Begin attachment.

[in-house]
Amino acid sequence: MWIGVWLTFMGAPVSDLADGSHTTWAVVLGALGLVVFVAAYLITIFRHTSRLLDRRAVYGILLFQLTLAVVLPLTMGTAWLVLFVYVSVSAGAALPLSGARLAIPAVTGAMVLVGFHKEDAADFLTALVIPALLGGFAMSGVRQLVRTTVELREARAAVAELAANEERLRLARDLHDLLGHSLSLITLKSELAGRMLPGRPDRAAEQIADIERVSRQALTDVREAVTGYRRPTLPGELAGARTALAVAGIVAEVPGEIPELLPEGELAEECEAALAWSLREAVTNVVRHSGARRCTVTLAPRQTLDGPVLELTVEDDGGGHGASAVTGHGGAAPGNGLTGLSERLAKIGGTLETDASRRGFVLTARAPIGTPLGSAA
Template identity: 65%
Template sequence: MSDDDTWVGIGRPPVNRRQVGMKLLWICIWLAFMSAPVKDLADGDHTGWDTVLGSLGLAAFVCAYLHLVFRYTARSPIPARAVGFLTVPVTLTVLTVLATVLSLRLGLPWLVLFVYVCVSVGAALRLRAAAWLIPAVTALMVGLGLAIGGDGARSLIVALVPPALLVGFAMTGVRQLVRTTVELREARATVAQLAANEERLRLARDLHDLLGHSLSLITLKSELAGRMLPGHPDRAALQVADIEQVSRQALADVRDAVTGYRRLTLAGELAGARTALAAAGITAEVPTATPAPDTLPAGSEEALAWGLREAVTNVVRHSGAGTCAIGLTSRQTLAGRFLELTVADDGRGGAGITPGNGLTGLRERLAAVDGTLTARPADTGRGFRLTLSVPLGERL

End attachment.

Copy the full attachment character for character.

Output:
[in-house]
Amino acid sequence: MWIGVWLTFMGAPVSDLADGSHTTWAVVLGALGLVVFVAAYLITIFRHTSRLLDRRAVYGILLFQLTLAVVLPLTMGTAWLVLFVYVSVSAGAALPLSGARLAIPAVTGAMVLVGFHKEDAADFLTALVIPALLGGFAMSGVRQLVRTTVELREARAAVAELAANEERLRLARDLHDLLGHSLSLITLKSELAGRMLPGRPDRAAEQIADIERVSRQALTDVREAVTGYRRPTLPGELAGARTALAVAGIVAEVPGEIPELLPEGELAEECEAALAWSLREAVTNVVRHSGARRCTVTLAPRQTLDGPVLELTVEDDGGGHGASAVTGHGGAAPGNGLTGLSERLAKIGGTLETDASRRGFVLTARAPIGTPLGSAA
Template identity: 65%
Template sequence: MSDDDTWVGIGRPPVNRRQVGMKLLWICIWLAFMSAPVKDLADGDHTGWDTVLGSLGLAAFVCAYLHLVFRYTARSPIPARAVGFLTVPVTLTVLTVLATVLSLRLGLPWLVLFVYVCVSVGAALRLRAAAWLIPAVTALMVGLGLAIGGDGARSLIVALVPPALLVGFAMTGVRQLVRTTVELREARATVAQLAANEERLRLARDLHDLLGHSLSLITLKSELAGRMLPGHPDRAALQVADIEQVSRQALADVRDAVTGYRRLTLAGELAGARTALAAAGITAEVPTATPAPDTLPAGSEEALAWGLREAVTNVVRHSGAGTCAIGLTSRQTLAGRFLELTVADDGRGGAGITPGNGLTGLRERLAAVDGTLTARPADTGRGFRLTLSVPLGERL